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It’s a Keeper

4 October 2013

What joy! The Keeper’s House has opened at the Royal Academy of Arts, and it is simply lovely. Many people would not have even been aware of the existence of this 19th-century town house. But now, this appendage to Burlington House has two restaurants, a bar, a lounge and a secret garden. It sets out to be ‘a space infused with the sensibility of art and artists’.

The Belle Shenkman Room at the Keeper's House

The Belle Shenkman Room at the Keeper’s House Tim Mitchell / arcaidimages.com

Upstairs feels traditional. The refurbished Sir Hugh Casson and Belle Shenkman Rooms (a restaurant and lounge) are decorated in a tasteful palette of cream and pear green. There is nothing surprising here, although the works of art on display are worth close inspection (amongst others, there are pieces by academicians Ken Howard, HaYoung Kim and Peter Freeth). The menu looks good, and has the stamp of Oliver Peyton all over it: pots of pressed rabbit and pickled green walnuts; a trifle of green tomatoes and Berkswell cheese; wild duck with salt baked root vegetables.

But the place’s real charm (and the reason it will almost certainly become a cherished hangout) is the basement area. Down those marble steps, you will find something that’s the complete opposite of the rest of the Royal Academy’s refinement.

The Shenkman Bar

The Shenkman Bar Tim Mitchell / arcaidimages.com

The Shenkman Bar seems to reference a number of recent RA exhibitions – the Kuniyoshi exhibition back in 2009, and perhaps Anish Kapoor’s of the same year, with that sensory overload of red. Everything is black or red, which lends it a peculiar atmosphere – like being in a bento box, as imagined by Jack Vettriano. But bizarrely, it seems to work. It feels exotic, not too kitsch and the Japanese theme works well – if only because it is so unexpected.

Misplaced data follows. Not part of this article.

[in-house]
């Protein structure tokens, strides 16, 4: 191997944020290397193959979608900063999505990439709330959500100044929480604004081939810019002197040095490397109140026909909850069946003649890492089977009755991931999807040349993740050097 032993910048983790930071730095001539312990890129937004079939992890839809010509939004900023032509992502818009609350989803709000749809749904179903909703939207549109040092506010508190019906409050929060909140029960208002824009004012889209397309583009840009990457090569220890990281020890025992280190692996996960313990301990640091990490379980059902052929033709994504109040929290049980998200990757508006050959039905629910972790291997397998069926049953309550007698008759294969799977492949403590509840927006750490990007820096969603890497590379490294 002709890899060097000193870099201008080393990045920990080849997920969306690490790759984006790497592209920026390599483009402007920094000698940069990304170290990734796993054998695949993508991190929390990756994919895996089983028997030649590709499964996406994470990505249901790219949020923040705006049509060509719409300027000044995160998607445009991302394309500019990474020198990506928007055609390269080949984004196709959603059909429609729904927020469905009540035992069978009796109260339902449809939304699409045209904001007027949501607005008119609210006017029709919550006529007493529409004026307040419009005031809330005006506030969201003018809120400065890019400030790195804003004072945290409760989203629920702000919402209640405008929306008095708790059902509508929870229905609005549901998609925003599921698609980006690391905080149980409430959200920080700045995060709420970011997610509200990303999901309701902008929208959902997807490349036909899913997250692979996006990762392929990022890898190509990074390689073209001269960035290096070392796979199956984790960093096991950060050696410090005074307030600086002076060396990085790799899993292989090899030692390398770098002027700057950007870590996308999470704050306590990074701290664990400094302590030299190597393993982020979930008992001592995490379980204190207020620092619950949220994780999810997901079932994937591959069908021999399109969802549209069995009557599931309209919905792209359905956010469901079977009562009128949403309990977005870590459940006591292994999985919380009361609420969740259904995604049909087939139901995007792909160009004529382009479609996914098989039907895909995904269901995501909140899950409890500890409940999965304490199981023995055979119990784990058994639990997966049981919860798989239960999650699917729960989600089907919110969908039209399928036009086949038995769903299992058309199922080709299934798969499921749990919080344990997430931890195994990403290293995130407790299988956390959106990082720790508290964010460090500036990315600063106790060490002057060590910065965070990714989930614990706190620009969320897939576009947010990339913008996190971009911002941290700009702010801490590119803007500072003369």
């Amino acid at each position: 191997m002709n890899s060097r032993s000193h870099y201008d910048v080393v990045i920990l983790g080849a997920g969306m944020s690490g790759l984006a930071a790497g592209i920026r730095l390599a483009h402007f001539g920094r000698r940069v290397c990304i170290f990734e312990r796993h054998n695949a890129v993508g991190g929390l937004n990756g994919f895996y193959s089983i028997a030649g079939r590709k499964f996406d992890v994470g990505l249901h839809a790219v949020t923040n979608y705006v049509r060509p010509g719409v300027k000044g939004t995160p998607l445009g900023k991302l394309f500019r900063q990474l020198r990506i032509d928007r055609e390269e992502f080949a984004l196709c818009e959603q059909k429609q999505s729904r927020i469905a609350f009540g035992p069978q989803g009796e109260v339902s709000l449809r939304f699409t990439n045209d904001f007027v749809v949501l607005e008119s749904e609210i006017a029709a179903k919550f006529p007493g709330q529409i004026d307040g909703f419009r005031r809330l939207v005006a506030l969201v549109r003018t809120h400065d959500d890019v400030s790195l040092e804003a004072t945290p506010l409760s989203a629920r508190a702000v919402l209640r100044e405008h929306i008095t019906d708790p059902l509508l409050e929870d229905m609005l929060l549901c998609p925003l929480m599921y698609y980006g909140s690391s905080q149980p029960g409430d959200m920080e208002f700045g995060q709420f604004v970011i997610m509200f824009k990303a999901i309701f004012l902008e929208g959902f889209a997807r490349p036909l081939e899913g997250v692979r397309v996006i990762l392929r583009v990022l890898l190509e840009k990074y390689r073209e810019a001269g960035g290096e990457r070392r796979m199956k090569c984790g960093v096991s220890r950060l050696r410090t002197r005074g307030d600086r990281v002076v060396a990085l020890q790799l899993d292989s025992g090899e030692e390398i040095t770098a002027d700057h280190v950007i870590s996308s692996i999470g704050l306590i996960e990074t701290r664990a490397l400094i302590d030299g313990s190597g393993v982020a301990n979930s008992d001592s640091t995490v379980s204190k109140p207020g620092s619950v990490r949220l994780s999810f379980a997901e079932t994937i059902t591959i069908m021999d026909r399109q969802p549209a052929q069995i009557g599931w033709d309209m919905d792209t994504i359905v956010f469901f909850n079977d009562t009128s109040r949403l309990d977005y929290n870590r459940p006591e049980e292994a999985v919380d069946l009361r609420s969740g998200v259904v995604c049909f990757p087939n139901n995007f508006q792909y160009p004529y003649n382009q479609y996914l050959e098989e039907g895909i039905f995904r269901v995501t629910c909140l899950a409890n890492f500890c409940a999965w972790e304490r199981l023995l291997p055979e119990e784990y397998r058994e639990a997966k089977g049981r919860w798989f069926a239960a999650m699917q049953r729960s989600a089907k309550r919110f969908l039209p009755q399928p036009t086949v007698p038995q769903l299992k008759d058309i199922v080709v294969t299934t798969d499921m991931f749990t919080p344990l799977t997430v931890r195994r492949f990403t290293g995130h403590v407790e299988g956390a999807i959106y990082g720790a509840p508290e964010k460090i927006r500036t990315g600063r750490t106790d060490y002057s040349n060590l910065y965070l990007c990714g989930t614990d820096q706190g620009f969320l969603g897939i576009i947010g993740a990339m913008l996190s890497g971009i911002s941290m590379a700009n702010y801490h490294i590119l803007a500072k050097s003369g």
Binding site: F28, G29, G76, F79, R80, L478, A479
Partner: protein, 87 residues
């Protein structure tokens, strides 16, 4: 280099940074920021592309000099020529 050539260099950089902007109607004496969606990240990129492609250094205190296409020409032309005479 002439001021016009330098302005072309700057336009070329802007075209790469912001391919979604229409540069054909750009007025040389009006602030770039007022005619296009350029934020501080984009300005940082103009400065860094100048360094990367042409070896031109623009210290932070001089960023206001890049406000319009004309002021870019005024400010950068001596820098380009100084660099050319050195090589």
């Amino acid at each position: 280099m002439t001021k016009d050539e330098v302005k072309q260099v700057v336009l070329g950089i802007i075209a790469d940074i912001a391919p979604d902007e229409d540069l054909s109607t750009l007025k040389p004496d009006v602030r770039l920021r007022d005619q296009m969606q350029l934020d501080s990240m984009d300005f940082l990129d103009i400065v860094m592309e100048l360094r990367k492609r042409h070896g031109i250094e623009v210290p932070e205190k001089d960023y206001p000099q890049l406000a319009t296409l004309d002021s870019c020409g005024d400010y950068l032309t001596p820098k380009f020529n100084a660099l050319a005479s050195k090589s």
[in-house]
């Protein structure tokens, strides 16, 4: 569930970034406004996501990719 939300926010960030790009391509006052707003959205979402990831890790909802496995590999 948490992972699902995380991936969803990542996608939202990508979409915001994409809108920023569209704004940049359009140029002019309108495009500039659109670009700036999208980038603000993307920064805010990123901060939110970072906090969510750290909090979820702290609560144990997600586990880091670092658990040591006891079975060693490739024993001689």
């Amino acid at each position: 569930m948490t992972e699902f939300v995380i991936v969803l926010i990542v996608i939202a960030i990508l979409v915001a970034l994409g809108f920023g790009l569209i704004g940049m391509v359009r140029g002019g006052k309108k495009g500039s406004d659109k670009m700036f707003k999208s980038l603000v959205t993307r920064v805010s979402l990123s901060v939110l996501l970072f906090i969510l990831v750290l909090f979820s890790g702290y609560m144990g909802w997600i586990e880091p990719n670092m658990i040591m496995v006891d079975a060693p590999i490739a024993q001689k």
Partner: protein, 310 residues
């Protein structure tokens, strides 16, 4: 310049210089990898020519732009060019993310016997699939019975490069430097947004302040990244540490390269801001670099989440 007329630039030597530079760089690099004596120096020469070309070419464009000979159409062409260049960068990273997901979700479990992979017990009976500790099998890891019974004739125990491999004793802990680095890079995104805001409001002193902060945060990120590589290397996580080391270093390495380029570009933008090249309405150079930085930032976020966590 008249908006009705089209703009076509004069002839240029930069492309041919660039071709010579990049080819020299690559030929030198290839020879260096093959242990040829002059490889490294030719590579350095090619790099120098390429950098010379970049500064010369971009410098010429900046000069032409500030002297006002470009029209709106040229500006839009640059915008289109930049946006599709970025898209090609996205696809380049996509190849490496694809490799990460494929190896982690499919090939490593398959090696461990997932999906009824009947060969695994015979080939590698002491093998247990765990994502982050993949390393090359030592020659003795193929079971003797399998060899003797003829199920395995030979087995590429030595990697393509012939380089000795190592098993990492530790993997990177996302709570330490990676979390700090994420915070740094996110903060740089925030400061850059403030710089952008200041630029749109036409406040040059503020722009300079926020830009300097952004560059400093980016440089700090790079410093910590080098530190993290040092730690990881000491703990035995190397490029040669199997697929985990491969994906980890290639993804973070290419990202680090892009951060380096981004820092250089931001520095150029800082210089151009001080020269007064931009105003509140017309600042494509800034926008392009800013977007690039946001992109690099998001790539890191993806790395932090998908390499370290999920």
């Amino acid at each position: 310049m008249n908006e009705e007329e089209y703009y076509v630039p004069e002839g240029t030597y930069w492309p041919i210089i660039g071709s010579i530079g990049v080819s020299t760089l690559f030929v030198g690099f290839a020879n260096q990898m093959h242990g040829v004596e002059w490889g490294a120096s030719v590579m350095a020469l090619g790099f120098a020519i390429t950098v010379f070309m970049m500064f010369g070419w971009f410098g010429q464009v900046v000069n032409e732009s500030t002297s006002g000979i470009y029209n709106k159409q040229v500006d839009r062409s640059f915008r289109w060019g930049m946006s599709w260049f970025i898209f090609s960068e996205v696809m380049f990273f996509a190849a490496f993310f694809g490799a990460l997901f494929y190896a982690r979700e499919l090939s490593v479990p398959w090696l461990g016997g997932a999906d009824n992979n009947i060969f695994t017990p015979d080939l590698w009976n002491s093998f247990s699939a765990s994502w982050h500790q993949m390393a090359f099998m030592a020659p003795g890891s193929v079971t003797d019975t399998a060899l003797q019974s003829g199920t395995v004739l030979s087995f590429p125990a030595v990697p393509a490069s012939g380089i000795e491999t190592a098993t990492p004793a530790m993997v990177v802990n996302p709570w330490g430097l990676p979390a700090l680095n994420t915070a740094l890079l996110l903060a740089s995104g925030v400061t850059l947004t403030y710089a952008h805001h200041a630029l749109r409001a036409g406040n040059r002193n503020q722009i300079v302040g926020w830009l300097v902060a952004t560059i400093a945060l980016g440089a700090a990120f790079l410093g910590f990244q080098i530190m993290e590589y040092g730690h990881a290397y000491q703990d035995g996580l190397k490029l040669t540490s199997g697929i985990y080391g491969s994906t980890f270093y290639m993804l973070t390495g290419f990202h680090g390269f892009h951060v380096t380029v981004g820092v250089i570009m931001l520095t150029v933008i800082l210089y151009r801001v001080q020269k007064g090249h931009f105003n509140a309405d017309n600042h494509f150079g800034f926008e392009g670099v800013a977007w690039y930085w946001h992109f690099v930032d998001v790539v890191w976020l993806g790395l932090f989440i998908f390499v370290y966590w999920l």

Landscaper and Chelsea gold medalist Tom Stuart-Smith has designed the garden, and it is meant to have a ‘primeval feel’. It is a small brick-lined courtyard, which also functions as an electrical substation. Stuart-Smith described its creation as akin to an ‘excavation’ and designed the space to have an ‘almost archaeological quality’. Even the planting feels antique; some of the ferns are over 200 years old.

Entrance Hall and Staircase

Entrance Hall and Staircase Tim Mitchell / arcaidimages.com

It’s all a bit mad – the tasteful walls upstairs, the geisha-girl bar, the primordial garden. But this is the Royal Academy paying tribute to the people who have made the place what it is. Academicians’ work peppers the walls, and their portraits line the stairwell. Important members’ names are displayed. It is a gift back to them – and up until 4pm every day, the Keeper’s House is open just for the enjoyment of its friends, patrons and academicians. After that, anyone can visit, and it is open until late.

In a time of cultural austerity, it is heartening to sense some joie de vivre in the art world. This is a place to eat, drink and be merry, spiced up with a bit of artistic sensibility.

The Keeper’s House is now open at the Royal Academy of Arts in London.

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